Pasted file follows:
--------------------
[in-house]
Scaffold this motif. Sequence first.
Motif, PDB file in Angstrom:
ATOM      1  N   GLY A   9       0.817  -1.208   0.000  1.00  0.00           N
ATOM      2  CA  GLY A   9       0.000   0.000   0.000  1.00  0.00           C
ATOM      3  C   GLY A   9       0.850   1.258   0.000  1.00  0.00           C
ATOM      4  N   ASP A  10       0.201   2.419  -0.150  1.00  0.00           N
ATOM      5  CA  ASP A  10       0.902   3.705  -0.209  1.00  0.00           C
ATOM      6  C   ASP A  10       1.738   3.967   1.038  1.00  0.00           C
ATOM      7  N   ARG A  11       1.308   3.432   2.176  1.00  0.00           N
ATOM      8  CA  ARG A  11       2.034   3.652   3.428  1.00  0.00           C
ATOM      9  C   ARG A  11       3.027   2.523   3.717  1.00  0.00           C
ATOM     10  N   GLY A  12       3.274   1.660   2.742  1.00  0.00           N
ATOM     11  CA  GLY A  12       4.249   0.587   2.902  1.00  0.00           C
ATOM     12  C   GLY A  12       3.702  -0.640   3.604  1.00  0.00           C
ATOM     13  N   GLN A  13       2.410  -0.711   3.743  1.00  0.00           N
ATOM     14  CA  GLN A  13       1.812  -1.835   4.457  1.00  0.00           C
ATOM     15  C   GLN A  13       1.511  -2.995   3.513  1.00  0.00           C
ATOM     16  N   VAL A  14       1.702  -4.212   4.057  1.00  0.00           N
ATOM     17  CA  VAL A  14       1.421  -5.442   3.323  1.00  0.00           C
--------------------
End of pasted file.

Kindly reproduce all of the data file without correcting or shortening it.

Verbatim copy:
[in-house]
Scaffold this motif. Sequence first.
Motif, PDB file in Angstrom:
ATOM      1  N   GLY A   9       0.817  -1.208   0.000  1.00  0.00           N
ATOM      2  CA  GLY A   9       0.000   0.000   0.000  1.00  0.00           C
ATOM      3  C   GLY A   9       0.850   1.258   0.000  1.00  0.00           C
ATOM      4  N   ASP A  10       0.201   2.419  -0.150  1.00  0.00           N
ATOM      5  CA  ASP A  10       0.902   3.705  -0.209  1.00  0.00           C
ATOM      6  C   ASP A  10       1.738   3.967   1.038  1.00  0.00           C
ATOM      7  N   ARG A  11       1.308   3.432   2.176  1.00  0.00           N
ATOM      8  CA  ARG A  11       2.034   3.652   3.428  1.00  0.00           C
ATOM      9  C   ARG A  11       3.027   2.523   3.717  1.00  0.00           C
ATOM     10  N   GLY A  12       3.274   1.660   2.742  1.00  0.00           N
ATOM     11  CA  GLY A  12       4.249   0.587   2.902  1.00  0.00           C
ATOM     12  C   GLY A  12       3.702  -0.640   3.604  1.00  0.00           C
ATOM     13  N   GLN A  13       2.410  -0.711   3.743  1.00  0.00           N
ATOM     14  CA  GLN A  13       1.812  -1.835   4.457  1.00  0.00           C
ATOM     15  C   GLN A  13       1.511  -2.995   3.513  1.00  0.00           C
ATOM     16  N   VAL A  14       1.702  -4.212   4.057  1.00  0.00           N
ATOM     17  CA  VAL A  14       1.421  -5.442   3.323  1.00  0.00           C